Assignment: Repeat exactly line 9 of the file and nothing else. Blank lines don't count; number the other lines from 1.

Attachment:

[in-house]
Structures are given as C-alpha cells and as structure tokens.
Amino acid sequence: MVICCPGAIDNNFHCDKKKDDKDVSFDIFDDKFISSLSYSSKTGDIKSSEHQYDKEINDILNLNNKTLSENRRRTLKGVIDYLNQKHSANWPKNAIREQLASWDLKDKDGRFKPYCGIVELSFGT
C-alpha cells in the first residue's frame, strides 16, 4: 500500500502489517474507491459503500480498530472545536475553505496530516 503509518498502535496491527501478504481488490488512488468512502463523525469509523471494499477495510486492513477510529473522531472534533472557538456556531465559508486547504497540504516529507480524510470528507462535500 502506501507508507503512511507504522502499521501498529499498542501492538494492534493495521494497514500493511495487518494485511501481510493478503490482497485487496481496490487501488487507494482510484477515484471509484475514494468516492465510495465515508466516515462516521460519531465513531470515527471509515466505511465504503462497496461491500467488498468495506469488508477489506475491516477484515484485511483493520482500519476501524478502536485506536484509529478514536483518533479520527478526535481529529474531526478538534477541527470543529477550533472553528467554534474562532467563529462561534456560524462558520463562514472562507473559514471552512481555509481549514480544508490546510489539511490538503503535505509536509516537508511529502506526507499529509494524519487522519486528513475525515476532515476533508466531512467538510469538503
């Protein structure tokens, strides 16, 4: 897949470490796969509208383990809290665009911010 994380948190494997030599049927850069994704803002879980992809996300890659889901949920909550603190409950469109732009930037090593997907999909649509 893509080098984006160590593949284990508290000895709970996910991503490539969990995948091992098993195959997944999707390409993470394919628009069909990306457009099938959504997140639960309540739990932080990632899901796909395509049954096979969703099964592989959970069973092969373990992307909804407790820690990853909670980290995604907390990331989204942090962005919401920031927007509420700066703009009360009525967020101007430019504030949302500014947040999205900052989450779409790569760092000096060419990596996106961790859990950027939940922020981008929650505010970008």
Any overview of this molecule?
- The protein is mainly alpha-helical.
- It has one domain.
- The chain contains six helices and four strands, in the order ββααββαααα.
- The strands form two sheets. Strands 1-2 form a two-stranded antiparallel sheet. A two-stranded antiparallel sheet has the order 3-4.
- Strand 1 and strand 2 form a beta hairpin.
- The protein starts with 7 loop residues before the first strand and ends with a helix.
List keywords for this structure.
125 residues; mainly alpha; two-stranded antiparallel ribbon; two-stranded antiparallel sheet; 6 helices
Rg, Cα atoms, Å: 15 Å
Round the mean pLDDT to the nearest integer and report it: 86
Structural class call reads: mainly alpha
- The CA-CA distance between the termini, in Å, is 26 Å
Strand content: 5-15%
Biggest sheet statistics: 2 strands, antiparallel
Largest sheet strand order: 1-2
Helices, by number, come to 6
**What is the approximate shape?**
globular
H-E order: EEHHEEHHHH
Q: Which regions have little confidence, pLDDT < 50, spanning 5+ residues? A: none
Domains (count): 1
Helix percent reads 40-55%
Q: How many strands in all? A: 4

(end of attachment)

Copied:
- The chain contains six helices and four strands, in the order ββααββαααα.